For tax purposes, nexus is defined as: the minimum connection or link necessary, which allows a state to tax you or force you to collect taxes on its behalf. This minimum link can vary from state to state as well as from tax to tax. Some nexus-creating activities are obvious, others less so.
How do we determine if we have nexus?
The best way to determine if you have nexus is by making a list of all your activities in each state and then reviewing the states’ guidance for whether or not you have nexus on a tax by tax basis.
What do I do once I've determined I have nexus?
Once you have determined your nexus footprint, you would think the next step is to get registered and start collecting sales tax. But wait! Do not get registered without first determining if what you sell is taxable, and if so, if you have any past exposure. If you have never been registered, states will probably want you to pay back taxes, penalties, and interest for the past seven to 10 years, or longer. If you do have past exposure, you will want to review some options on how to mitigate your liabilities.
At what point do I register and start collecting tax?
Just because you have nexus in a state, doesn’t mean you should just panic. You should be concerned, but do some analysis of your situation to determine if and when you should start collecting the tax from your customer. Based mostly on the volume of sales you make in a given state, it may not be worth it to collect the minimal taxes in that state. This is entirely possible in some states where you sell. On the other hand, when you consider all the costs of not collecting the tax, you may find that it’s actually cheaper to start now. Here are some items to consider: Materiality — Is the level of sales into that state enough to warrant a concern about sales tax? We have a good article that discusses materiality in more detail. Past Exposure — States can go back to when you first had nexus in that state and assess you the tax you should have collected from your customers. If you’ve been in a state for many years, this has to factor into your analysis. Penalties and Interest — Typically states will assess at least a 10% penalty on late payments. Interest varies all over the board, but it accrues from day one, so it’s not unusual for interest to become very significant. Cost of Compliance — In your analysis of when you should start collecting tax, factor in how much it will cost each month to calculate the tax due on your customer invoices and then how much to fill out the monthly/quarterly/annual forms and remit the tax. The cost of this “compliance” has come down tremendously over the years, but it’s still not free. Audit Exposure — If you sell to large businesses, chances are your invoices will be seen by some auditor somewhere. If you make small sales to only individuals, the chance you will be audited for sales tax go down significantly. Remember the Biggest Tragedy in Sales Tax – Be conservative about sales tax collection. Don’t become a victim.
Great question! It’s not so impossible to get registered to collect sales tax in a state. It’s just tedious and time consuming. You can do it yourself if you have the time and patience. You go to each state’s Department of Revenue or its equivalent to find out how to get registered. The easiest way to find correct information is to Google the state DOR with the words sales tax registration and you’ll get what you’re looking for. Some states have an online registration process and some do not. In some states you may want to choose a paper registration over the online registration, because the online registration may require additional potentially unnecessary registrations. An example of an additional registration that may not be needed is a Secretary of State registration. OR, you can hire someone like PJCo to do the filings for you. Our process involves your telling us where you want to be registered, and your providing us with some required information, and our handling the rest. Our experience helps streamline the process and provides for a less stressful more efficient experience. We can usually get it done in much less total time overall, so you can begin collecting taxes quicker.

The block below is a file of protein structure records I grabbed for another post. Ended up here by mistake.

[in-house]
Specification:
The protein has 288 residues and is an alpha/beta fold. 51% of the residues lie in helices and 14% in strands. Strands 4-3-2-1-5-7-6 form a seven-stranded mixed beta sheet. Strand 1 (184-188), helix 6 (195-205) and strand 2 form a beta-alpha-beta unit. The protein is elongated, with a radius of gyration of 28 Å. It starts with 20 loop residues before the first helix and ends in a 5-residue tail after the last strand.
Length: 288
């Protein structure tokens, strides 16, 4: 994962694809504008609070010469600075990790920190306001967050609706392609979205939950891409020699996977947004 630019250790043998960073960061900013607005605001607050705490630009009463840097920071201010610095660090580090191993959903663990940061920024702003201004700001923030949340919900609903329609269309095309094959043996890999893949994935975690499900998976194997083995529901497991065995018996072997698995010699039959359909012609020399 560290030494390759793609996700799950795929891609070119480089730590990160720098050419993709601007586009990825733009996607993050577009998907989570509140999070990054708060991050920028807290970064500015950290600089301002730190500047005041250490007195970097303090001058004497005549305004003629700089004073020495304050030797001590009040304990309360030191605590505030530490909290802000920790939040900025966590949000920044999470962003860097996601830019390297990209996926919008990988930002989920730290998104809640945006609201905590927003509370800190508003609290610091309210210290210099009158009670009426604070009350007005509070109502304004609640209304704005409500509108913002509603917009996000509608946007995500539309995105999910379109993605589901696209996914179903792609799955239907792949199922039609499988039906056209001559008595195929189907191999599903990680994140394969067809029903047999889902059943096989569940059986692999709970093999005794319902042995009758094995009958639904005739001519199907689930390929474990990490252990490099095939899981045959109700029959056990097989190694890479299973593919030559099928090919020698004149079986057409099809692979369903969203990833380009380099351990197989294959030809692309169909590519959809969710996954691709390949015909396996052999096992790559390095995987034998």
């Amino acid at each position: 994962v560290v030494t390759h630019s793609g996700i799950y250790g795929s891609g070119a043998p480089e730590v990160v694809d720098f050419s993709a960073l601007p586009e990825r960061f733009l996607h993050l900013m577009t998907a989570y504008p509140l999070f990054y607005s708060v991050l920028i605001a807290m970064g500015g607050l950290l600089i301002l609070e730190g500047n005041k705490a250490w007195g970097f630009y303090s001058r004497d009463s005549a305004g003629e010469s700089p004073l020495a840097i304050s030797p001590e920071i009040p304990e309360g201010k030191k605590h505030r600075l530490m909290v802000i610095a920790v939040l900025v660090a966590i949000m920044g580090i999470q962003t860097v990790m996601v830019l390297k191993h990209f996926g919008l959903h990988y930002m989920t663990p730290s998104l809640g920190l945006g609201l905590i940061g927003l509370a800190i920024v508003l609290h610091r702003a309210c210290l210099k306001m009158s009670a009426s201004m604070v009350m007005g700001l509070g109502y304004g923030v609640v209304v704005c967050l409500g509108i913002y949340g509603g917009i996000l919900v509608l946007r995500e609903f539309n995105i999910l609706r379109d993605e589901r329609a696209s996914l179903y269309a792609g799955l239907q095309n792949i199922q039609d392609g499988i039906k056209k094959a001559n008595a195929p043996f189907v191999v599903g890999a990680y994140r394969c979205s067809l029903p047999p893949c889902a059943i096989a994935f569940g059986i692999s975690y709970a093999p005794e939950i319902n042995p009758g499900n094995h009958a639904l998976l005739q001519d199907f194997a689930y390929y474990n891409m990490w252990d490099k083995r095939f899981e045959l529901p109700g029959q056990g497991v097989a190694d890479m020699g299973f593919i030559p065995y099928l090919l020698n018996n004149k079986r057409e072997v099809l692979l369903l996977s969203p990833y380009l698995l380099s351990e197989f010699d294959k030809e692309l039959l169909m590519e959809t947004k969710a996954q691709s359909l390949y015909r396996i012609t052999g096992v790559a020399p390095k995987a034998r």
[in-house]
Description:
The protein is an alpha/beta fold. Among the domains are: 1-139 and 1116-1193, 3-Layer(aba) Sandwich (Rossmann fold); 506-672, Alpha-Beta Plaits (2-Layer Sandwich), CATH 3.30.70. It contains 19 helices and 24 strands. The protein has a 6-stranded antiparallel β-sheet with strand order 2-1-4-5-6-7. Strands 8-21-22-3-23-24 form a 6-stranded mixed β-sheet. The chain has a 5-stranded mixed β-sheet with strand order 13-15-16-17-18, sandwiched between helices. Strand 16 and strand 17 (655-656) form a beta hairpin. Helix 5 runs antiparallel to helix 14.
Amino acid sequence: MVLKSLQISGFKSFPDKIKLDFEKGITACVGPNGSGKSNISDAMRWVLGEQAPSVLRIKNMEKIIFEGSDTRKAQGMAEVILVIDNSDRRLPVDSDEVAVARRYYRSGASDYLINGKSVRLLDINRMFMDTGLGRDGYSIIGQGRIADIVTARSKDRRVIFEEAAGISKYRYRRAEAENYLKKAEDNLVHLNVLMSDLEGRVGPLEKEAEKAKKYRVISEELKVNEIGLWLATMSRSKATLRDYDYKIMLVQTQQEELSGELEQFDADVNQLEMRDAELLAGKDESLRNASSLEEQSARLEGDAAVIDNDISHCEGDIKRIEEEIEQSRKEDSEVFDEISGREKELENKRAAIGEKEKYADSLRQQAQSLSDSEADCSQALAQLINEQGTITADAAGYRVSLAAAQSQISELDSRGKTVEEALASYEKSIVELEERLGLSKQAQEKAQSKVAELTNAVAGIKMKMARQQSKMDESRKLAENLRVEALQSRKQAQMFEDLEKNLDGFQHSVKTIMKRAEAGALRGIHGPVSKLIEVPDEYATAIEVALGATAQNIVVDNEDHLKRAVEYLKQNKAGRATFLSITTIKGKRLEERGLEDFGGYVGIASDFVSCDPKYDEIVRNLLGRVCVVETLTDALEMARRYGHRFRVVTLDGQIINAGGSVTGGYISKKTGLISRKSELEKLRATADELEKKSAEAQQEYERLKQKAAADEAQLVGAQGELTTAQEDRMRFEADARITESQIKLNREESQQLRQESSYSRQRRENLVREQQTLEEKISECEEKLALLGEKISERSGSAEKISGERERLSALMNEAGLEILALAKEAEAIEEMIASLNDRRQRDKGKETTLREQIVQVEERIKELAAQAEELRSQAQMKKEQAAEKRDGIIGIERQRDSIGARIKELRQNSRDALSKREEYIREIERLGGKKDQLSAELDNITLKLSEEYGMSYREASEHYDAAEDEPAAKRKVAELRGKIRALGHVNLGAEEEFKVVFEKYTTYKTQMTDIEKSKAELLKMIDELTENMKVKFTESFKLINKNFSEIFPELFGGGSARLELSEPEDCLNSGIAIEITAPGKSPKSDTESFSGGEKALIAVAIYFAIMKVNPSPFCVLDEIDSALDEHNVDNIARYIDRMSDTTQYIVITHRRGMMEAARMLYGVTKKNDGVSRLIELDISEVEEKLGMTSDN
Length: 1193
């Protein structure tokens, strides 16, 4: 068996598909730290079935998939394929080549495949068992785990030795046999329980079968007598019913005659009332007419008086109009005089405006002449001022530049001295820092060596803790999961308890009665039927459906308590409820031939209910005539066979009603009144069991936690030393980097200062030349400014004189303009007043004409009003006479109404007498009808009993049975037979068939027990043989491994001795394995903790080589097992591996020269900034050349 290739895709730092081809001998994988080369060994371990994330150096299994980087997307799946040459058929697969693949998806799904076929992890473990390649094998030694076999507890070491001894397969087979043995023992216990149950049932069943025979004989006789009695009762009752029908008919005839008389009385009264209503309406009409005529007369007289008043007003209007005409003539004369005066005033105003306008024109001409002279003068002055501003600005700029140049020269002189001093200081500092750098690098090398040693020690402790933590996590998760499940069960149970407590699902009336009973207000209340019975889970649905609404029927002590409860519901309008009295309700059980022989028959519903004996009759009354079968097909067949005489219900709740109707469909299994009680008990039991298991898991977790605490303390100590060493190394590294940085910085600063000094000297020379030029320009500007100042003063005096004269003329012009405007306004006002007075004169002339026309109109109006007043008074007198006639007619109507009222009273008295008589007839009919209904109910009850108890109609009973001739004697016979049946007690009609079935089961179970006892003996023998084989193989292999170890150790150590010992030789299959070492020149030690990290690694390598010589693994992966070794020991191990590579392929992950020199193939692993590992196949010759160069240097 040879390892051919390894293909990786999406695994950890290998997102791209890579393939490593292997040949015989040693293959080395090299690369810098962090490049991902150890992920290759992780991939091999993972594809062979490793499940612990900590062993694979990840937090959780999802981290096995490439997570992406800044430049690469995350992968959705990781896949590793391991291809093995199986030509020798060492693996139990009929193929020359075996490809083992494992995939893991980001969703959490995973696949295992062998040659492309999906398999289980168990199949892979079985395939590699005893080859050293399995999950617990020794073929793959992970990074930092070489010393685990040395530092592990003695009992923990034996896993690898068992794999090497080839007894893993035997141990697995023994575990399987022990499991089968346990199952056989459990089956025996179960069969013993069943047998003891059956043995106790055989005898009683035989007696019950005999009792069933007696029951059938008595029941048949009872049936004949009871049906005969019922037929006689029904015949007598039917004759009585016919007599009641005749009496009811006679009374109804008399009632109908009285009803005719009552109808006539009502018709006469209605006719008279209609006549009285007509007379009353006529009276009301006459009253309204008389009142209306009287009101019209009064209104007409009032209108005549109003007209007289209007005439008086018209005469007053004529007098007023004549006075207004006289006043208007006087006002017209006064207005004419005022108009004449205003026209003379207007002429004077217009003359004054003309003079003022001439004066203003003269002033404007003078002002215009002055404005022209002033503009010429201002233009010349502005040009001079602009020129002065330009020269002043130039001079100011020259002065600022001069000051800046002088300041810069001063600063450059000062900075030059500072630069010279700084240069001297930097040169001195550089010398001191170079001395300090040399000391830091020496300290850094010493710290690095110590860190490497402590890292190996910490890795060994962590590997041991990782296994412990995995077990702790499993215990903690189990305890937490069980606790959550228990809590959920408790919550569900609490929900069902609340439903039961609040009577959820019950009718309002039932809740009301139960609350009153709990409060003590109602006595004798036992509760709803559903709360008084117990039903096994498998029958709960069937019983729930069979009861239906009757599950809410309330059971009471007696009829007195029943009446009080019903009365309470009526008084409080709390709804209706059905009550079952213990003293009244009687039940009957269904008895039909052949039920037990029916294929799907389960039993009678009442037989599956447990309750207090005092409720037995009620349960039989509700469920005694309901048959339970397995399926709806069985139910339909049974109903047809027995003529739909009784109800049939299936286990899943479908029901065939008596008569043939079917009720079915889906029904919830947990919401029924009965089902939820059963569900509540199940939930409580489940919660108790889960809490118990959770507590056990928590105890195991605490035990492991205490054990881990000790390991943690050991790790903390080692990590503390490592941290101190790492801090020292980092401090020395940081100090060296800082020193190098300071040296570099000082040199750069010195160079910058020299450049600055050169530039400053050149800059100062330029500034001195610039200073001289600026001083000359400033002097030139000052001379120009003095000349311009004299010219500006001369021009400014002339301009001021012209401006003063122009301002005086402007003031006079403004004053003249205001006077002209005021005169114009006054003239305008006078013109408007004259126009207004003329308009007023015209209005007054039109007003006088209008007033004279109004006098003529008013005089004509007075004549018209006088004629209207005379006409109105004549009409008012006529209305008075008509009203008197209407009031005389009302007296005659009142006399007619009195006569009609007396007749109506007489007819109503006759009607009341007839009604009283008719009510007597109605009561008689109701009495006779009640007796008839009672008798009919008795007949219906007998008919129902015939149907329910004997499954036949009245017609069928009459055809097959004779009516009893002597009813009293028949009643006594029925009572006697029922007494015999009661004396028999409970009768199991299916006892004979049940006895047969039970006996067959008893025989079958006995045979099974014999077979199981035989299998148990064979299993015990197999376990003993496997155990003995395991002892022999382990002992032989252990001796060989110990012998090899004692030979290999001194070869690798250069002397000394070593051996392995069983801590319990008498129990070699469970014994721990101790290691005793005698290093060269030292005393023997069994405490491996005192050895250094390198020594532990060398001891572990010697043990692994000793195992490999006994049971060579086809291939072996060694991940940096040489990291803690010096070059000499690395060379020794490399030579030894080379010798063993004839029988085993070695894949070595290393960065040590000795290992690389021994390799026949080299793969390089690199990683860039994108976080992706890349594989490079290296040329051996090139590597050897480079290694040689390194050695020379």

How do I report sales tax I collect to each state?
So many online sellers seem to get stuck here, or they’re making some invalid assumptions. It seems like many online sellers seem to think that somehow someone else is paying the tax over to the state governments. Amazon FBA is a really great service. Unfortunately, they end up creating nexus for online sellers who have inventory in all of the states, but once you configure the seller’s dashboard and indicate what states you want to collect tax in, then it’s pretty automatic. Amazon starts adding tax to all shipments to those states. Easy. But don’t assume that Amazon sends those taxes to the states. They don’t. They actually send it to you and it’s up to you to remit it. You remit it by filling out the appropriate forms each month or each quarter or even annually, and then sending in the indicated tax on that form. Easy, in theory. As a practical matter it’s quite the bother. Still, if you have the time and inclination, it’s something you can do on your own. If not, we suggest you talk to us about how we can take over that process for you and shockingly low prices.
How does drop-shipping work for sales tax purposes?
A drop shipment is a transaction where a seller accepts an order from a customer, then places the order with a third-party supplier – typically a manufacturer or wholesale distributor – and directs the manufacturer to ship the goods directly to the customer. The manufacturer/supplier bills the retailer for the wholesale price and the retailer then bills the customer the retail price. The state’s rules that must be followed and the tax that applies is the state where the goods are delivered to the customer – so the ship to state.